AYS Digest 21/09: Boat with 600 people capsizes off Egyptian coast
Another boat capsizes, this time off the Egyptian coast. Refugees continue to arrive in Lesvos. Help needed for makeshift camps surrounding Izmir. No asylum applications accepted for one month in Rome.
4 medics killed near Aleppo
Al Araby reports that four medics were killed and a nurse was critically injured by airstrikes near Aleppo, just days after at least 20 people were killed in the attack on a UN aid convoy. The Syrian Observatory for Human Rights reports 3,000 Russians have arrived in the past four weeks in support of regime forces, as the battle for Aleppo rages on.
At least 43 dead after boat capsizes off Egyptian coast
At least 43 are dead after a boat with 600 people capsized off the north Egyptian coast. 150 people have been rescued and hundreds more are missing. A senior security official said the dead were mostly Egyptian, Sudanese, Eritrean and Somali nationals.
Given the chaos in Libya, a rising number of refugees is now setting out from Egypt, with the number of refugees reaching Italy through Egypt nearly 70% higher than the same period of last year.
Help needed for makeshift camps around Izmir
The Worldwide Tribe has visited makeshift camps on some of the farmlands surrounding Izmir, where “many Syrian families (who are not legally allowed to work in Turkey), desperately take up the offers from local farmers to work illegally, picking things like tomatoes and chilis, in the hope of saving enough money for the crossing to Europe”. Everyone in these families is working, including the children, with the farmers providing them with very basic food and shelter. In a form of modern day slavery, they are paid at the end of the season, with farmers deducting money from their final wages for food and shelter, or sometimes do not pay them at all. Their small medical team administered basic healthcare during their stay — “young girls brought in their despondent newborn babies and the camp residents coughed around me, waiting to be treated for the back problems and muscle aches they suffered from being bent over all day, or for the allergies and rashes from the pesticides used in the fields”.
The Tribe has launched its “The Five Pound Project” to address some of the short term, basic needs in these makeshift camps:
Hat and sunglasses (£5 a pair)
Mosquito repellent (£5 per family)
Mattresses and Mosquito nets (£5 each)
Shoes: (Flip-flops (£5) or Boots (£20))
Basic food and hygiene products (£10 per household per week)
No Border Kitchen statement on Moria fire
In a statement, the No Border Kitchen in Lesvos said “Moria camp is completely overcrowded, now housing double its intended capacity. The people are forced to stay in overcrowded tents or outside, there is not enough food or water, and hygienic conditions are very bad.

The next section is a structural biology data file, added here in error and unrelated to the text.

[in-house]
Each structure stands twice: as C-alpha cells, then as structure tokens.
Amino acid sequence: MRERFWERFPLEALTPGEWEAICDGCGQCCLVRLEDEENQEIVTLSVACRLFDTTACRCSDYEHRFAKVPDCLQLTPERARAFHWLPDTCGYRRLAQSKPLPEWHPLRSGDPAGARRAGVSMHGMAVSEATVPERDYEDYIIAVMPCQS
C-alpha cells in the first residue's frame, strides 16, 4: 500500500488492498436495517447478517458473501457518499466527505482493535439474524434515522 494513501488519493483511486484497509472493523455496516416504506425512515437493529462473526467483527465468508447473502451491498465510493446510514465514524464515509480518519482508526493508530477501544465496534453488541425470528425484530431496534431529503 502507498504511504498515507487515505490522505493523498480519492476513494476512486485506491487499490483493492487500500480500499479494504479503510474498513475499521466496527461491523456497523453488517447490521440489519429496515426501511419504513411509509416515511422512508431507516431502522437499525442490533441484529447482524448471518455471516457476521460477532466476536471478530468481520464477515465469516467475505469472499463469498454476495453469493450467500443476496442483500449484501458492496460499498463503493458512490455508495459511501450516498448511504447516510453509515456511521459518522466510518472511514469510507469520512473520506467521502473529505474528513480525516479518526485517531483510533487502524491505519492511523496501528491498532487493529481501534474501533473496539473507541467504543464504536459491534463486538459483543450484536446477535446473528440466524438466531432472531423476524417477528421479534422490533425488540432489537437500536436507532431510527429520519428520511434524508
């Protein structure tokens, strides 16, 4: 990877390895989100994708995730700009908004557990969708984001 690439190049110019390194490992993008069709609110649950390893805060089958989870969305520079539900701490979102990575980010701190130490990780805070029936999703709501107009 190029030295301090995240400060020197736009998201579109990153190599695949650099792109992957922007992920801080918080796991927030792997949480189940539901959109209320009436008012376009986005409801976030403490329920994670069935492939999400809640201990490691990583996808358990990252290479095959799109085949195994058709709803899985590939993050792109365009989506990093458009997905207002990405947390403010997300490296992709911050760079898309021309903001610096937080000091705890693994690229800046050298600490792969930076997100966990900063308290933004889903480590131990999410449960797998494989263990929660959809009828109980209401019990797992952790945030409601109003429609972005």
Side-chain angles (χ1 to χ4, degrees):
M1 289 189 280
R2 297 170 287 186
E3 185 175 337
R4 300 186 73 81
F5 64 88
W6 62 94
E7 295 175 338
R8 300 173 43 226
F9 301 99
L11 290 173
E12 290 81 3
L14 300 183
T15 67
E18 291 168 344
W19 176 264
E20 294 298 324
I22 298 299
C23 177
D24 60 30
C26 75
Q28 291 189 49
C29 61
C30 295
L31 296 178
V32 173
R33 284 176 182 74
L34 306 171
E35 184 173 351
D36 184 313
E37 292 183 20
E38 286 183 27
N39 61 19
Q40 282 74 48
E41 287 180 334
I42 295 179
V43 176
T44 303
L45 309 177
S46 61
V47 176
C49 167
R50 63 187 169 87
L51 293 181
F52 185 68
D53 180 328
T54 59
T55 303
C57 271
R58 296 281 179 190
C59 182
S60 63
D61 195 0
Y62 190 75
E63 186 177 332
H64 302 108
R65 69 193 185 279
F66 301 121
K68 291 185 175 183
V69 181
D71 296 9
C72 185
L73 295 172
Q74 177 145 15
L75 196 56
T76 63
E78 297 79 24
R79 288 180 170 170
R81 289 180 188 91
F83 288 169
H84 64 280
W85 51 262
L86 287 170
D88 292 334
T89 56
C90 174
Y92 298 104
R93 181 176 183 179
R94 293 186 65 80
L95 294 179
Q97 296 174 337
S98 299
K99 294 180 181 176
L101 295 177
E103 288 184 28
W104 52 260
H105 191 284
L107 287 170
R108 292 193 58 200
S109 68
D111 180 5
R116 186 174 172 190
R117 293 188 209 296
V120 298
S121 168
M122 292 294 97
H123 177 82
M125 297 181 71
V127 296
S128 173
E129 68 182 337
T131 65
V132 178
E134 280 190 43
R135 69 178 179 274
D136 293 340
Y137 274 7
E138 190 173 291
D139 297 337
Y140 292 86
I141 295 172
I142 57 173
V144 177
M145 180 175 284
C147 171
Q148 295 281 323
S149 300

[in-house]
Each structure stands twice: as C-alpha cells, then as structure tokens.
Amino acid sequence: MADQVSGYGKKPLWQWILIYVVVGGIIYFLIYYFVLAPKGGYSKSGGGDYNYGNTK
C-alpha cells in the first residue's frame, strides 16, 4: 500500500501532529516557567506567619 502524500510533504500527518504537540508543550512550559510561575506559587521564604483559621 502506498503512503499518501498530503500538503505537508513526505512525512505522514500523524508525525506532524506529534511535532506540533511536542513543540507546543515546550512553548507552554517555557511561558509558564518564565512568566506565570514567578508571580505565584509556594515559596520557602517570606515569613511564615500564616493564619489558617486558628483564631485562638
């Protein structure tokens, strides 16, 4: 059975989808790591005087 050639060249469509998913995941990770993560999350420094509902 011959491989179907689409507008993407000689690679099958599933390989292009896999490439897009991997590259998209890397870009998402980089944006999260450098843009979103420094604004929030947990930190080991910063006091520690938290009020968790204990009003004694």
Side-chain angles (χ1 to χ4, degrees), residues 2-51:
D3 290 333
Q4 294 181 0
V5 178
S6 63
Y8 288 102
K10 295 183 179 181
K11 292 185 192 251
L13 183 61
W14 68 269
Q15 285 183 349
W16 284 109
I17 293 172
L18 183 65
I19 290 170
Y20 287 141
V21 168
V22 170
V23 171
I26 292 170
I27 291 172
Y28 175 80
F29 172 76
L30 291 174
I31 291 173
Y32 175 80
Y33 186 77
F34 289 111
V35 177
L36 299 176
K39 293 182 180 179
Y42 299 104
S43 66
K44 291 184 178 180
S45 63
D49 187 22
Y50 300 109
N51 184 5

On September 19th, the day the fire broke out, there had been no lunch
and the water had been cut for hours (as usual). Some refugees started
protesting and some managed to set their imprisoned friends free. They
protested in front of the EASO offices to ask for their asylum requests
to be processed and to demand answers about the reasons for their
deportation. The EASO staff left the camp from a back door without
responding. At that point the peoples’ anger grew; they gathered in front
of the camp in protest and in the spirit of the recent demonstrations,
started marching towards Mytilini town.
There are a lot of stories of what actually happened on Monday. Some say
the people wanted to march to Mytilini town to protest against the
border and Moria camp, others said that they heard about the fascist
gathering in Moria village and wanted to make a counter demonstration.
No matter what is true, it was a common protest of people from different
origins and language groups together against the borders, the bad
conditions in Moria camp and fascism and racism in Lesvos. It is unclear
whether they were stopped by the police or if they returned
voluntarily, but the people turned around and went again to Moria camp.
In any case anger grew even more and soon people started clashing with
During the fighting a fire started spreading through the camp. It is
unclear who set the fire, but as far as we know the flames started in
the dry fields outside Moria camp close to one of the unofficial entries
to the camp and because of the strong wind quickly expanded inside the
camp. The structures and tents in Moria camp are made of highly
flammable material, so together with the piles of trash lying around in
the camp everything took fire. Fortunately no one got seriously
injured in the flames, but the firefighters didn’t reach the camp in time
to save the belongings of the people. Hundreds of people lost all they
had but what they were wearing at the time of the fire: passports,
documents they need for their asylum process, diplomas, money, clothes,
tents, sleeping bags — all gone.
The statement concludes:
We want it to be known that the fire in Moria was not just an accident. And
the fight was not just a food fight. People were fighting for their
rights to be treated like the human beings they are. Furthermore it is
out of question who has to take the responsibility for the fire in
Moria. Its the people that close the border, the people that force
people into overcrowded camps built from plastic and lacking even water